I have always loved December for its cool, crisp breeze; for the hauntingly beautiful Christmas carols that waft through the air when I would walk through the Ateneo (my alma mater)’s quadrangles and tree-lined streets; for the lighted icicles and parols that adorn the Central Business Districts; and for an overall feeling that, during this time of the year, everyone loves and is loved more than usual.
Some people in other parts of the world see in December a freezing winter, insane rush-hour traffic, and mad last-minute shopping. Well, all-day traffic and mad midnight sales are a reality here, too, in Manila, but I tend to see in December a wintery kind of Spring—when visions are born on frosted glass, when possibilities ripen with the cool air, when romance extends to far beyond couples, relationships, and chocolate hearts. In December, at least in my book, everything is romantic; everything is colorful. In the December of my mind, anything is possible.
The possibilities started opening up when I received a long-awaited book order from Amazon. It was written by a professor whom I came to know and admire while studying journalism in Prague last year. The encounter was brief—the class was but a one-week summer program—but the impact and the influence, I feel, will be lifelong. As I leafed through the pages of Professor Kelly’s memoirs—written from Mongolia, Albania, Slovakia, Prague, Bulgaria, Kathmandu, and a few other places I probably will never go to—I felt a familiar voice remind me, “Continue illuminating your side of the world.” Reading her words now, I think the subtext was: “I never said it would be easy—but if it were, would we be this passionate about what we do?”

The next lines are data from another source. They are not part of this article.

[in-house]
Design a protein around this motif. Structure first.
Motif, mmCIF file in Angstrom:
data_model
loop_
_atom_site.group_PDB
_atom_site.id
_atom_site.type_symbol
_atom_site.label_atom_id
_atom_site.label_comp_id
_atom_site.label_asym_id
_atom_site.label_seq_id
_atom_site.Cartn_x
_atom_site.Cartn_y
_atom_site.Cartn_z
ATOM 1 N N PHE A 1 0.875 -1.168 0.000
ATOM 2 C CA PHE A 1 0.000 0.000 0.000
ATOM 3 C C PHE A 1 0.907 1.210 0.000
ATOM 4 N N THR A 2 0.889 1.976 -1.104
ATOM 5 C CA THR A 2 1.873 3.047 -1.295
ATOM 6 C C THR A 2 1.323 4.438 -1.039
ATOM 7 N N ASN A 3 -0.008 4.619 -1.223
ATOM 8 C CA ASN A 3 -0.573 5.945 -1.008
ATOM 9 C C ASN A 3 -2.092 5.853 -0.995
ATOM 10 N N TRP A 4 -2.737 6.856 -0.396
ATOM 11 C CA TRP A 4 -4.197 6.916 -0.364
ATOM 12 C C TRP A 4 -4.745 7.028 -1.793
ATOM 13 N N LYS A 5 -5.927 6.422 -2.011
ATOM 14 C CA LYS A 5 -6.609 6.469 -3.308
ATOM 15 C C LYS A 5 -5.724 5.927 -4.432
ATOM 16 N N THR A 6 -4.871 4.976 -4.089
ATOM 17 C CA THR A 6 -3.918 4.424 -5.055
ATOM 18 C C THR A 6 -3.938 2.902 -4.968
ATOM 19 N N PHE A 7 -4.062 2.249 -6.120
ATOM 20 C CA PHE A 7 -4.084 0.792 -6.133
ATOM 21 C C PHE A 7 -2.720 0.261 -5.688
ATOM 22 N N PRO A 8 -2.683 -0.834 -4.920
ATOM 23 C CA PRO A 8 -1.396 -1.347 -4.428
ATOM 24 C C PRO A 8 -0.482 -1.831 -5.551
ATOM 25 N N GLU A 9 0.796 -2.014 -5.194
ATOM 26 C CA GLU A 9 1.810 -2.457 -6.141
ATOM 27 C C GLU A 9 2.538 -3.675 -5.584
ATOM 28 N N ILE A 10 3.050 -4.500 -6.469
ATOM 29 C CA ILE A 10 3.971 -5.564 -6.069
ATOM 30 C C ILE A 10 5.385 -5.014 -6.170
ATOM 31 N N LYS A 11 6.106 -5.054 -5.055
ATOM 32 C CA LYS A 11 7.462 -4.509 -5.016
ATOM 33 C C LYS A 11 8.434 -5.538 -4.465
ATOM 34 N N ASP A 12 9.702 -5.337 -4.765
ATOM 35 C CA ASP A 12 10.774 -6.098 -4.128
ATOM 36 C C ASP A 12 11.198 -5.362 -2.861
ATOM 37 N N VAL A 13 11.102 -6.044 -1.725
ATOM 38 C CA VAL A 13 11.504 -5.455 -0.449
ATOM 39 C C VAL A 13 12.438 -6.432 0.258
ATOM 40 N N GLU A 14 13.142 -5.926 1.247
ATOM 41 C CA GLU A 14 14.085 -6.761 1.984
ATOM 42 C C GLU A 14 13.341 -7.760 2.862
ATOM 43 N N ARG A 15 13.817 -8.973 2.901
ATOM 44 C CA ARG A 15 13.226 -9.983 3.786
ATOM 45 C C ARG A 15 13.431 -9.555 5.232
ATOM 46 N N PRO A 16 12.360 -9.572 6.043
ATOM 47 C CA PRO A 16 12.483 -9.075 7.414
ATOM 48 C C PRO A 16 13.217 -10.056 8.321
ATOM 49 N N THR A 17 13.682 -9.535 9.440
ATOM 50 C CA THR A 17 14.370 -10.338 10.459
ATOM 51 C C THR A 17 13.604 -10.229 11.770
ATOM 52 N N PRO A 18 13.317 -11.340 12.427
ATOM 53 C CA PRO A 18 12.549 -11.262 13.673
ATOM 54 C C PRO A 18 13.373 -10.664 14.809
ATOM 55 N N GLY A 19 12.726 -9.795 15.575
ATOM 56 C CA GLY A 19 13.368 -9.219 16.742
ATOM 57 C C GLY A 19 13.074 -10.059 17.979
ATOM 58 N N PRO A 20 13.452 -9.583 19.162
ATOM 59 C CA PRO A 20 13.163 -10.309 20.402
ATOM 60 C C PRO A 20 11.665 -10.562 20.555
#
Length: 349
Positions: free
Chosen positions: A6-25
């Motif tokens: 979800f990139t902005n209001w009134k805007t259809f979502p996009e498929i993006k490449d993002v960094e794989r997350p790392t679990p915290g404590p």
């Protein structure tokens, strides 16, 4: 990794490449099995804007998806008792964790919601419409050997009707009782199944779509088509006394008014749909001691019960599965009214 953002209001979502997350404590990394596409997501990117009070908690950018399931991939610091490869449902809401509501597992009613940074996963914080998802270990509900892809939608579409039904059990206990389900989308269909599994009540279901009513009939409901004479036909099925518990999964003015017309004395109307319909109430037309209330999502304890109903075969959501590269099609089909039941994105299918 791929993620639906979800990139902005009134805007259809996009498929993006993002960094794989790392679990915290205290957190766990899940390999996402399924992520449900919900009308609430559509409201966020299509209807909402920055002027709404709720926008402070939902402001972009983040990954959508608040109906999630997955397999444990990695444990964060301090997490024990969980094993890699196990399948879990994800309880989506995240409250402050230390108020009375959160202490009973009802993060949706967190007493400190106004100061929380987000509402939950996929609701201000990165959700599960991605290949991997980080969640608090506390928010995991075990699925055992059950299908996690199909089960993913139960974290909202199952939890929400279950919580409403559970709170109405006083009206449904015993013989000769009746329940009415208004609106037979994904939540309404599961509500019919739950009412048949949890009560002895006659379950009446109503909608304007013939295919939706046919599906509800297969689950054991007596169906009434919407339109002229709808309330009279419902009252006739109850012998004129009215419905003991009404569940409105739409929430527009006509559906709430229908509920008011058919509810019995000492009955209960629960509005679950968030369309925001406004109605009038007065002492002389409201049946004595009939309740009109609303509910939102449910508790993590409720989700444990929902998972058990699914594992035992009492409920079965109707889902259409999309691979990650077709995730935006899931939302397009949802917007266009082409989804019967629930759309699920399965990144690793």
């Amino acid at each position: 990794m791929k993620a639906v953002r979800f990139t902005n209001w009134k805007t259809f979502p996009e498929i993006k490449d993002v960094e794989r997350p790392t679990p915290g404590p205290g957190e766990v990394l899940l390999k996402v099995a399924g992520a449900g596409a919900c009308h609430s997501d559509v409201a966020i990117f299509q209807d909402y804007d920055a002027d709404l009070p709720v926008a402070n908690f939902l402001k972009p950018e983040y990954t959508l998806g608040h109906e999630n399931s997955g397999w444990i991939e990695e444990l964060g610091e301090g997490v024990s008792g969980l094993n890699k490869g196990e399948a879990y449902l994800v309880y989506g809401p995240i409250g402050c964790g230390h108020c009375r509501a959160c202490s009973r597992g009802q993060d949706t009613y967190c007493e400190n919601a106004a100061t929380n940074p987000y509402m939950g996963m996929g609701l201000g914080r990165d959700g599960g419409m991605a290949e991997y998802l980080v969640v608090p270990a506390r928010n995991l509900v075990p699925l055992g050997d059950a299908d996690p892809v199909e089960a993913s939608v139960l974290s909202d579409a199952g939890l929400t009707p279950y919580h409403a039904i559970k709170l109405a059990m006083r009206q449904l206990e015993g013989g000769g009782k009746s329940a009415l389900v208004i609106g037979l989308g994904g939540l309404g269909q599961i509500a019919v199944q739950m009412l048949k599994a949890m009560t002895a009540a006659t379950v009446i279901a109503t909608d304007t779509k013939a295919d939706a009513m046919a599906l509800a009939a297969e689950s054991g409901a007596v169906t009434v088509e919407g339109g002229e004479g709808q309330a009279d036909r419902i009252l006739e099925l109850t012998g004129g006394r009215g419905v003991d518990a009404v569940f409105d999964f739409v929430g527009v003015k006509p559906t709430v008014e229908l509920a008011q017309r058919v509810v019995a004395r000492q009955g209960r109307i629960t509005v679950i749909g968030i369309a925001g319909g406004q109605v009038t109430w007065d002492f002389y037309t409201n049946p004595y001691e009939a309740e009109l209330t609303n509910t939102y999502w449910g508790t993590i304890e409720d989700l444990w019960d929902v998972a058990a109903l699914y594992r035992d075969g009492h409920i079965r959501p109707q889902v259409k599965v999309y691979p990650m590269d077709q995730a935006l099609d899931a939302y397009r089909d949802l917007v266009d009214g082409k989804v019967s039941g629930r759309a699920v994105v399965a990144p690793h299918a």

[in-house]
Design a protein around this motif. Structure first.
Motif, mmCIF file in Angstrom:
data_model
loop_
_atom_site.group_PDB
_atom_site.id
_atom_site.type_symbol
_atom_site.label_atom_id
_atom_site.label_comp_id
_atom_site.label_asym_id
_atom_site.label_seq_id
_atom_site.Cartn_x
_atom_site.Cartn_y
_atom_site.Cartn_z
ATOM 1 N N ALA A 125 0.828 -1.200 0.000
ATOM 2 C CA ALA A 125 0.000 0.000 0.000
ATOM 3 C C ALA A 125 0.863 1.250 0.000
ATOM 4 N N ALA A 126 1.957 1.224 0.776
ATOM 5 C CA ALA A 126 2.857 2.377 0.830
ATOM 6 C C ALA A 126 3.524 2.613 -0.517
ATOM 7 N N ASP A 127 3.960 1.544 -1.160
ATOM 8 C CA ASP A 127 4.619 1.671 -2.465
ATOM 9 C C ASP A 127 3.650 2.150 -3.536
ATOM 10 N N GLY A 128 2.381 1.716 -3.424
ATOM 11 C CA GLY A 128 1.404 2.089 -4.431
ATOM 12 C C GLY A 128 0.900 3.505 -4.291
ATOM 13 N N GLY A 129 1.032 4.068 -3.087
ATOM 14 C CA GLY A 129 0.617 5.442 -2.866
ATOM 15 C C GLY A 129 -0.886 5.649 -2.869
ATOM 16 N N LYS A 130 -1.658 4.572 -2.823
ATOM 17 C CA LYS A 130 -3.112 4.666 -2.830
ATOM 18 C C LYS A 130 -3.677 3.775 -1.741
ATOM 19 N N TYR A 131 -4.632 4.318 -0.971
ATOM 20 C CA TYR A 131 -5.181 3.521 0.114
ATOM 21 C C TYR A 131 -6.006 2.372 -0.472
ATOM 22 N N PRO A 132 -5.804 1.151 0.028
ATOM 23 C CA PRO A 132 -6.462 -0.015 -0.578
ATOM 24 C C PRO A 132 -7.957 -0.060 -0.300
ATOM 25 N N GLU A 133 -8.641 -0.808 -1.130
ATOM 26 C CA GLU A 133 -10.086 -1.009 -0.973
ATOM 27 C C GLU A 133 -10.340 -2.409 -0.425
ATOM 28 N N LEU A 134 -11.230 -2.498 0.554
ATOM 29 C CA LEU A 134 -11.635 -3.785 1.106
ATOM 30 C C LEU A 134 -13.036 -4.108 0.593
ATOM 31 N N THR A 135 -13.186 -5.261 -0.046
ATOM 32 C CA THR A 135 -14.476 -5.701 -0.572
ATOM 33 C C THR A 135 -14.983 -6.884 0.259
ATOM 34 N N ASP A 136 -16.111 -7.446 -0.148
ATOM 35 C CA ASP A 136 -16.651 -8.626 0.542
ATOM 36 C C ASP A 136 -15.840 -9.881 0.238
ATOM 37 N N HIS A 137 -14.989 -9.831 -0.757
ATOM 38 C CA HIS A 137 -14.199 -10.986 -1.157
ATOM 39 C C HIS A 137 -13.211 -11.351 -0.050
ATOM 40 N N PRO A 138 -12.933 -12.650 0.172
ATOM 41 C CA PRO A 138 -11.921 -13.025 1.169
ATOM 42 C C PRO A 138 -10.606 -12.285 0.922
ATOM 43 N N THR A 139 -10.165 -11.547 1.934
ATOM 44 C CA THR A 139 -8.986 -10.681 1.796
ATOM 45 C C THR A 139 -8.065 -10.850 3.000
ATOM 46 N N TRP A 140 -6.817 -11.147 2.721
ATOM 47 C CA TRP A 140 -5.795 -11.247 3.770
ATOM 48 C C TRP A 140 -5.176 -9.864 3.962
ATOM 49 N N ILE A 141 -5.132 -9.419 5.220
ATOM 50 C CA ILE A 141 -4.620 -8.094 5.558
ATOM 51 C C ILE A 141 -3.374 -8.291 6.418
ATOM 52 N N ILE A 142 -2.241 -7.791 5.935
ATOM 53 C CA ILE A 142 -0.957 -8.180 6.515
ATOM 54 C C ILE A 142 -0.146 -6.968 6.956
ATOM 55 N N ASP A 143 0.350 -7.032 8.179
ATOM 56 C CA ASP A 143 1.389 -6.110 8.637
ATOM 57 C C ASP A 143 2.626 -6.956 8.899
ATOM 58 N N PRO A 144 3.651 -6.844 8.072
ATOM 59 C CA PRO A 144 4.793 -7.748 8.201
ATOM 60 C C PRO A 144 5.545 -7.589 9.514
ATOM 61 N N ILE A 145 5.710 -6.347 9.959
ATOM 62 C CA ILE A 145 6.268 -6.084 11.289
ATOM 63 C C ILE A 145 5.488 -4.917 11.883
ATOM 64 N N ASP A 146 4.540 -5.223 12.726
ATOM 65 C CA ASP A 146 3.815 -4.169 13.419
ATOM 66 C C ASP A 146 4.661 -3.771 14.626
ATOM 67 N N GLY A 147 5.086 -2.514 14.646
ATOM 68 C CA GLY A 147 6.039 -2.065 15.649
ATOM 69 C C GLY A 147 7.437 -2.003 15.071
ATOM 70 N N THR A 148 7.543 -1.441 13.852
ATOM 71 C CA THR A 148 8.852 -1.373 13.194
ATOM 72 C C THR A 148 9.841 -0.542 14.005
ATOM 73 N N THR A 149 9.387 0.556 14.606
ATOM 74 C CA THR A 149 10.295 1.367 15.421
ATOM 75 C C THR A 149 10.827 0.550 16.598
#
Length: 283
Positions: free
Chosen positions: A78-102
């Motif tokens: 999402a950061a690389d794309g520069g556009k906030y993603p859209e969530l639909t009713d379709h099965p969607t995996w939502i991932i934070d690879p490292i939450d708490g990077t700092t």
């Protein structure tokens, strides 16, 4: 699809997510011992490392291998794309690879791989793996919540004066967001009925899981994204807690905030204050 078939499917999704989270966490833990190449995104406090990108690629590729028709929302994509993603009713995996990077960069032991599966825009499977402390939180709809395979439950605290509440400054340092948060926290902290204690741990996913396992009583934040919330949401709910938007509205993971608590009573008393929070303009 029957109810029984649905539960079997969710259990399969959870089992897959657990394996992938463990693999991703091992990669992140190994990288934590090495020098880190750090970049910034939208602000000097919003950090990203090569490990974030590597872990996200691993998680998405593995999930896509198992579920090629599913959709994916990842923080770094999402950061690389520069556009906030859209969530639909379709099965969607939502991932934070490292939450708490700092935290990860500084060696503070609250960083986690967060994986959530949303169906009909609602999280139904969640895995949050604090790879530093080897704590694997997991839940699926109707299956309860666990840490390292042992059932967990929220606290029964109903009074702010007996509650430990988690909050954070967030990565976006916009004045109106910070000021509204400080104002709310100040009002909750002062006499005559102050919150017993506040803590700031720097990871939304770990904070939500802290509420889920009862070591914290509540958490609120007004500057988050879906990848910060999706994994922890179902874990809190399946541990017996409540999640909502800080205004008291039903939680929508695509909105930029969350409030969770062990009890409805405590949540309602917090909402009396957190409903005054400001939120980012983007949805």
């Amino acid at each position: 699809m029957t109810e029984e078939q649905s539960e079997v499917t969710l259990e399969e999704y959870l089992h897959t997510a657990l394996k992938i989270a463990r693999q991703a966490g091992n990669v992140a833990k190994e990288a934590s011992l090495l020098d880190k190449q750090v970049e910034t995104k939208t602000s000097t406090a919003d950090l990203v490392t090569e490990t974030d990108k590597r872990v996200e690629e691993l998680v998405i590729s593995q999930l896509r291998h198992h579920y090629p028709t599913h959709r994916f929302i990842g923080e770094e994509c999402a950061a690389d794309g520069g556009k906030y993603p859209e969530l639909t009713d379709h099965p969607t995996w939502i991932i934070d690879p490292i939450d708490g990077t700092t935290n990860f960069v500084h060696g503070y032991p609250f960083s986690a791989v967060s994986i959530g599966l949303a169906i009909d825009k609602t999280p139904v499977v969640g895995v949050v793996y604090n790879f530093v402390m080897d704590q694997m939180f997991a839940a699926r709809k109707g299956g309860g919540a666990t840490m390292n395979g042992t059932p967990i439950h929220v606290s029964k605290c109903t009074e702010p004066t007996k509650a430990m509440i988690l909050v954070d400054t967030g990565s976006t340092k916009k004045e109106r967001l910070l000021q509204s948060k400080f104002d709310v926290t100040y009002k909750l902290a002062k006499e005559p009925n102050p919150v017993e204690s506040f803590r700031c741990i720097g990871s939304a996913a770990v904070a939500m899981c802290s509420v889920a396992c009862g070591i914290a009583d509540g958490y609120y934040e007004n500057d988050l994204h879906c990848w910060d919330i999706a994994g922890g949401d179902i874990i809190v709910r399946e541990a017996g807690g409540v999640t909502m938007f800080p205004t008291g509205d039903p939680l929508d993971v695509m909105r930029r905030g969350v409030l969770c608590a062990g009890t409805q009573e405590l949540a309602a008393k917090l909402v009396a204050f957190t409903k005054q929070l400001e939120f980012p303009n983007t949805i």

It’s been a difficult year for me—one of the most confusing and, well, depressing that I had ever encountered in my entire adult life. It left me crushed, debilitated, humiliated, and simply drained with a tiredness that is difficult to name. I’d made one wrong decision too many these past few months, and its effects were more crippling than I had imagined.
Receiving Professor Kelly’s book, on the first of December, was a happy shot in the arm. Her words seemed to echo an inner voice that I’d been trying to release from its cage, and seeing the flow of her words and the color of her world reminded me of mine. I realized that I had a gift, too, and stories to tell. Feeling her book’s pages in my hands made me feel the possibility of seeing my own visions come to fruition, my own words in indelible print.
It’s amazing how one writer’s voice can help you remember that you have your own—how one writer’s dream, immortalized in print, can help you visualize yours even more clearly.
And then came December 2. During a meeting with my writing “sisters”, I confessed certain fears and apprehensions about possibly not realizing some goals for the coming year. I admitted that I didn’t have the guts to fight for something that I had so badly wanted to pursue. My experiences this year had blown a lot of confidence out of me, and all I could think of at this point was, How much do I have to prove myself yet again? When does the “proving stage” ever stop? Will it always be THIS hard to reconcile my dreams with my reality?
That changed when I received an email that jolted my dream back to life. The dream is within reach—it is a VERY strong possibility—the email seemed to convey.
Suddenly, my dreams are back where they had been—and now they are even more colorful than ever, much closer and larger than they had ever been. They are tangible, too. I can almost feel the cool, crisp air that I’d been wanting to breathe in; I can almost feel the steps that I’d been wanting to take. I can almost feel the excitement of yet another new adventure; I can almost taste the sweet, indescribable feeling of being united with a lifelong dream, a true love.
It is December, my emails and my clock and my calendar remind me. December is the month of miracles and births, of angels and stars. It is the month of gratitude and joy; it is the month of gifts and universal love. The first eleven months of the year may have been awful, depressing, and traumatizing. But those eleven months are over now, I am told, and you are here, in December, a month when everything ripens, when everything changes.
It is December, and it is only just beginning.